It's just a time warp visual glitch that appears to do no damage... maybe just note it as a low priority bug in the bug tracker?

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1 hour ago, XLjedi said:

visual glitch

That's not "visual", the part's collider is where part's model is in KSP/Unity.

4 hours ago, shdwlrd said:

In this case, there is little guidance to help the player out. That's my major gripe is about the props and blades.

That's not the guidance that is missing but the core game subsystem.

Imagine if KSP was a game where there was no centralized throttle, and you had to modify each engine's thrust by hand. Or solar panels that must be manually oriented towards the sun.

That sounds terrible, but I think this is exactly the level of propeller feature maturity: core without a shell. At this stage you transfer the system to UI/UX guys, not players. Unless, of course, Squad thinks that it's the modders that must step in now, wich is doubtful. They will probably just observe our struggles for a couple of months and come up with some simplifications in the next patch.

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Posted (edited)
44 minutes ago, Boris-Barboris said:

That's not "visual", the part's collider is where part's model is in KSP/Unity.

Doesn't effect gameplay... Doesn't blow up the ship...  Doesn't really concern me...  

I noticed it yesterday, and it wasn't worth my time to post it as a bug tracker item.  It'll get sorted.

5 hours ago, shdwlrd said:

In this case, there is little guidance to help the player out. That's my major gripe is about the props and blades.

Look up a few posts in this thread; I took an hour to explain it with a video tutorial.  I would agree it's not as painfully obvious as snap-on engine part... but once you make a few lateral connections, the system they gave us makes a lot of sense, and we can do amazing things with it.  Rather than play toy thrust generators, they gave us real kerbal aerofoil physics to negotiate.

 

 

 

Edited by XLjedi

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8 hours ago, Shadowmage said:

Honestly, its NOT accurate to real life (at least RC modeling).  On my aircraft, I slap on a prop, hit the throttle stick, and watch it leap into the air.  None of this dickering with deployments, inversions, etc.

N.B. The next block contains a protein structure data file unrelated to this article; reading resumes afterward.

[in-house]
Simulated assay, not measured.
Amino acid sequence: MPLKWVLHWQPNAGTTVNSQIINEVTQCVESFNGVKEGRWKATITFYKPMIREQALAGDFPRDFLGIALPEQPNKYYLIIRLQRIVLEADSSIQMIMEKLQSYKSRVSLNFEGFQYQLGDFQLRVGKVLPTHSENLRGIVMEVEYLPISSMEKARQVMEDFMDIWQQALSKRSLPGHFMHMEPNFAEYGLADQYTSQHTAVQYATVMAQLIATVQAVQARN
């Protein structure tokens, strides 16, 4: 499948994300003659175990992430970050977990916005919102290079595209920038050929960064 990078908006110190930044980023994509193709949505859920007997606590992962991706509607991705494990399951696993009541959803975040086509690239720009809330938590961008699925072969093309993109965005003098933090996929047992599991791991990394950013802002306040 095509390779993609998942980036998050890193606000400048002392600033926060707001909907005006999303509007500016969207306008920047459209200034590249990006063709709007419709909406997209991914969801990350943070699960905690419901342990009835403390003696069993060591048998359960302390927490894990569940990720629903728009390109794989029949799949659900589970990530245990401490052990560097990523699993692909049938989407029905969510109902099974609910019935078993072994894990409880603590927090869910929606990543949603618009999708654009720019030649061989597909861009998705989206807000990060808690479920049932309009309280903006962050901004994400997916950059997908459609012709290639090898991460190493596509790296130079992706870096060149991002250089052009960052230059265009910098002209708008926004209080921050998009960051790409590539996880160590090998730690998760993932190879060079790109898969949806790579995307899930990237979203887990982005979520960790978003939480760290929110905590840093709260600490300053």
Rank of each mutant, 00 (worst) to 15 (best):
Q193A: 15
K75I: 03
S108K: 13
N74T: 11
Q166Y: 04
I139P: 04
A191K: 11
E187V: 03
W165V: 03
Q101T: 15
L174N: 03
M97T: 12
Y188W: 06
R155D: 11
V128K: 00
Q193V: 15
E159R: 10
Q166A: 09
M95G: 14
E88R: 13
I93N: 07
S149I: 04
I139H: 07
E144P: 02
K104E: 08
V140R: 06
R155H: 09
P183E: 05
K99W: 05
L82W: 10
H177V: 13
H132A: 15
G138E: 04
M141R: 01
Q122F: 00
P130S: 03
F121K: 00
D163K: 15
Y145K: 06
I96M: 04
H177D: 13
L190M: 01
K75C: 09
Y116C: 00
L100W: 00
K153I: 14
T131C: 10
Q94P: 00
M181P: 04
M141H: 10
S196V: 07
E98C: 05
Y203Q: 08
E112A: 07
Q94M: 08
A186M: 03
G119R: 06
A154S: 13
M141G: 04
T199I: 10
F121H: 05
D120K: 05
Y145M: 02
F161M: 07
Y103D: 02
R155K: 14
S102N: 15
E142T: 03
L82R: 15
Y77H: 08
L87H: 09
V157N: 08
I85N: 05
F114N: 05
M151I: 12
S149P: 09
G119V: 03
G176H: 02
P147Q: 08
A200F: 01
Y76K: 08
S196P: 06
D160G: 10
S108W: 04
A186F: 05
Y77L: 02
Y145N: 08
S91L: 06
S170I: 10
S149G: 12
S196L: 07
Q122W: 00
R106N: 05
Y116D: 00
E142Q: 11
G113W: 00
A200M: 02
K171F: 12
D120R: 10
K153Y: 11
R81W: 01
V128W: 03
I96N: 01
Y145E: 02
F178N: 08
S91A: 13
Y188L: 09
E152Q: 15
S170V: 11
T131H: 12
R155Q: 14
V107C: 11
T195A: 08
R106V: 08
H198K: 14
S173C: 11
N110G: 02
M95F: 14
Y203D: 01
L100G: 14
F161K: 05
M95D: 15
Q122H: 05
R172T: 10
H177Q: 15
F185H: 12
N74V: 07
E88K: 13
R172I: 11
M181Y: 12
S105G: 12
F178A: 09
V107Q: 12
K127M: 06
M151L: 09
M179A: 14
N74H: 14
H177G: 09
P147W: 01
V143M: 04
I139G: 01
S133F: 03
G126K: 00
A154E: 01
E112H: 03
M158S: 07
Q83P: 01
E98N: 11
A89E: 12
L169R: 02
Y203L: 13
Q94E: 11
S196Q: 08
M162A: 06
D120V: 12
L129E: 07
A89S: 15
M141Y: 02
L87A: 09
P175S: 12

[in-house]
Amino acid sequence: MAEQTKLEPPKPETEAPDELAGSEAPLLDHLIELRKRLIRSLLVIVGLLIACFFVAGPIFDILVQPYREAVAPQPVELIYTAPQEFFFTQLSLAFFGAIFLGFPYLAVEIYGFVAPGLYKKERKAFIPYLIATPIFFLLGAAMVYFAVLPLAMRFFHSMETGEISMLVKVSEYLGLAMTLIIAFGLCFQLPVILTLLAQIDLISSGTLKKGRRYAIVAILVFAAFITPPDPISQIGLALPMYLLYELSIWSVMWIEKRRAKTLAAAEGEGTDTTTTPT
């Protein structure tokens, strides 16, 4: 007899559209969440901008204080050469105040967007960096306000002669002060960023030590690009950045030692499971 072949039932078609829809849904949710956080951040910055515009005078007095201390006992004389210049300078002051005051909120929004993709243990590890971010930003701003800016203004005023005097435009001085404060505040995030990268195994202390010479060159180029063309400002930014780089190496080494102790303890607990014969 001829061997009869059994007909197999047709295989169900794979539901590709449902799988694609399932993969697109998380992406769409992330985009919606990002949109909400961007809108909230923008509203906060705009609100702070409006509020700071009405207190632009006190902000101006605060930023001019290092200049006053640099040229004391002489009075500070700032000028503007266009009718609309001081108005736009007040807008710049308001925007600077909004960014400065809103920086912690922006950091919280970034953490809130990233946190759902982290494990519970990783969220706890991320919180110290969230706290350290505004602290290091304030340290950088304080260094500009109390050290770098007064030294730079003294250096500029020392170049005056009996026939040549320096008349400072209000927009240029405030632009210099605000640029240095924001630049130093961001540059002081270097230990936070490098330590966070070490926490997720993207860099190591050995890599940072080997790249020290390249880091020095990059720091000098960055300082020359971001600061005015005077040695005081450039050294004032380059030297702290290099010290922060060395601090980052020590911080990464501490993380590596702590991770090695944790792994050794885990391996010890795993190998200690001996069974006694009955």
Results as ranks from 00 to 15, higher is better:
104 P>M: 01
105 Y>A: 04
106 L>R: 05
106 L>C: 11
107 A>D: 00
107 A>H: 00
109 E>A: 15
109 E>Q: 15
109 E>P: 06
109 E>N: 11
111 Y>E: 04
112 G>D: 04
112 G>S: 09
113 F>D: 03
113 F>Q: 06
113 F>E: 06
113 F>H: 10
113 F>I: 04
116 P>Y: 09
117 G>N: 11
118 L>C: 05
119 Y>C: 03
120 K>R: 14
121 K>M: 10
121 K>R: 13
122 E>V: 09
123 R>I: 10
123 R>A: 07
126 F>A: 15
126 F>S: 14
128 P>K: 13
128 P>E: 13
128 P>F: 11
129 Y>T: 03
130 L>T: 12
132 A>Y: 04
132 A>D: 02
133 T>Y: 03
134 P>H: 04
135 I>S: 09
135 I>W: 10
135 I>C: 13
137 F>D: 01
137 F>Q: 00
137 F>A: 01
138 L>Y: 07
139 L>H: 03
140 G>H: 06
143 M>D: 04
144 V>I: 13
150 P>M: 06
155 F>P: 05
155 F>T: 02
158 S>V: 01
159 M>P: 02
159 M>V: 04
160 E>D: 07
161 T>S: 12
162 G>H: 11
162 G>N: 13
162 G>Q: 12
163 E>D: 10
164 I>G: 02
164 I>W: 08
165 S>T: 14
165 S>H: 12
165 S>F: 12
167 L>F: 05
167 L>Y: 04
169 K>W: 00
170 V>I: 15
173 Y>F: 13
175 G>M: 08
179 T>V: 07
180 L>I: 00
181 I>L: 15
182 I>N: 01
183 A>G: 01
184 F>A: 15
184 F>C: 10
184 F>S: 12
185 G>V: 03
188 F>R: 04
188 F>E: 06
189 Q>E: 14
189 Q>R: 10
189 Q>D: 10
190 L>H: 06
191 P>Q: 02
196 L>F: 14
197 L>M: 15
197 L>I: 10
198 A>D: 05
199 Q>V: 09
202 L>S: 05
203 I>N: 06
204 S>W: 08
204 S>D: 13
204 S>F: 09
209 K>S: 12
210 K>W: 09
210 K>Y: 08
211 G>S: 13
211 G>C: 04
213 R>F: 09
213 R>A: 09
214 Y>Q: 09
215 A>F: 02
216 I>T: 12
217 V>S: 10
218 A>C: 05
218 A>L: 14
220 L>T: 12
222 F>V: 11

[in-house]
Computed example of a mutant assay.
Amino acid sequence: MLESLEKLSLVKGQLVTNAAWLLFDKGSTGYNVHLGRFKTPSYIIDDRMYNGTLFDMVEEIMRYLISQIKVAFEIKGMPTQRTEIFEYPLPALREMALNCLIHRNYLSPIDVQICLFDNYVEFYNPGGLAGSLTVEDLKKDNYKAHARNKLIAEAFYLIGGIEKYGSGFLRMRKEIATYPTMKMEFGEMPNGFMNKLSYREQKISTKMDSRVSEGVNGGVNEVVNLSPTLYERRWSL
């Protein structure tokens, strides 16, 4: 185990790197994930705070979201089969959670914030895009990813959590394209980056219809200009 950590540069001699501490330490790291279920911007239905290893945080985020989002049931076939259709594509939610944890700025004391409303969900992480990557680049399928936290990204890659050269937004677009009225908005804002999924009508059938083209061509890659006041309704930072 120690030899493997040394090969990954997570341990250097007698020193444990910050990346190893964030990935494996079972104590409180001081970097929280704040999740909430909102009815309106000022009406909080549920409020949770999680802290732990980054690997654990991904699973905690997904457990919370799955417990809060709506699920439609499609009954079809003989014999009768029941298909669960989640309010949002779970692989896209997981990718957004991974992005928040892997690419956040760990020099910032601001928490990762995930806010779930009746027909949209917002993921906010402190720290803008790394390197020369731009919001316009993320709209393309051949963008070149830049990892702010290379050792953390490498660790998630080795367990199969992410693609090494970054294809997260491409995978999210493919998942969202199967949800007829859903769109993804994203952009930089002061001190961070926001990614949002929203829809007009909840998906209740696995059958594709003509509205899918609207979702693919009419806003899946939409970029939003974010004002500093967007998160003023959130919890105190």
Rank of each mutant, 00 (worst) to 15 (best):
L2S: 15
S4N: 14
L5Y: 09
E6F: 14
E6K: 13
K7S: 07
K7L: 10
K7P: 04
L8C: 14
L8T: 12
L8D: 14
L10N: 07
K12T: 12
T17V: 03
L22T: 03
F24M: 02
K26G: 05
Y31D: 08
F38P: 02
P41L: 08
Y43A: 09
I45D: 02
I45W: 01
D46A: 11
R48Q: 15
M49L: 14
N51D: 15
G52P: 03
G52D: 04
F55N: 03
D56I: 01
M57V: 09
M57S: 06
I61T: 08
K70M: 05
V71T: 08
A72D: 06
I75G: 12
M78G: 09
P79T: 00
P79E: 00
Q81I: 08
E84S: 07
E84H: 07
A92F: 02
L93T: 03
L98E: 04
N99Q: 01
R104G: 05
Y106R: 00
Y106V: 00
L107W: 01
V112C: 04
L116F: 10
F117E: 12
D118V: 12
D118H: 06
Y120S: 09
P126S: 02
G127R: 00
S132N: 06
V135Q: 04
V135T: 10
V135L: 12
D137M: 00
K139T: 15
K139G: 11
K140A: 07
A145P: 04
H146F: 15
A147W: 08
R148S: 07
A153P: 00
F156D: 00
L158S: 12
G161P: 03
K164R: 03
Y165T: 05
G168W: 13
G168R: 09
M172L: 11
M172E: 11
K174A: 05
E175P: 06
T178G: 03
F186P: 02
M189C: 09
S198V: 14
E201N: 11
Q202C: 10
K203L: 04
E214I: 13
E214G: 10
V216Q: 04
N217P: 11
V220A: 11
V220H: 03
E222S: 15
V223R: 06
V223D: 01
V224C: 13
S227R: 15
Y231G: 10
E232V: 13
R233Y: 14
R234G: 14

Even the collective pitch RC propellers aren't that much of a PITA to work with.  One extra axis to map to a servo, and one additional servo to configure, and the rest is exactly the same (mount propeller on motor, profit!).  Even full cyclic-collective propellers (yes, they are a thing...when you want extreme thrust-vectoring on an airplane) are only slightly more complicated to setup, requiring only adding additional servos for two more axes'.

After playing around with the propellers and helicopter blades, I will certainly agree that these have been made far-too-needlessly-complicated for a stock KSP mechanic.  And I love complexity and configuration, so for me to say something is 'too complex', generally means something is wrong with it at the basic design level.  (essentially, there needs to be configuration, but things should 'just work as expected' when used in their simplest configuration; these do not work as expected, in any configuration)  (I'm not saying that don't work... because they do in very specific configurations... but the configuration needed to make them work is has zero logic in it).

 

I can agree with your first point, but only to the point that the devs should've added fixed pitch blades too, for those who aren't interested in variable pitch. Saying that variable pitch blades aren't accurate to real life because they're not fixed blades is not a valid argument, because they're not trying to be fixed blades. Other than that, variable pitch is awesome, and (save for the few problems outlined below) I don't see how else it could be set up. To me it's no more complicated than configuring flaps with an incremental authority limiter.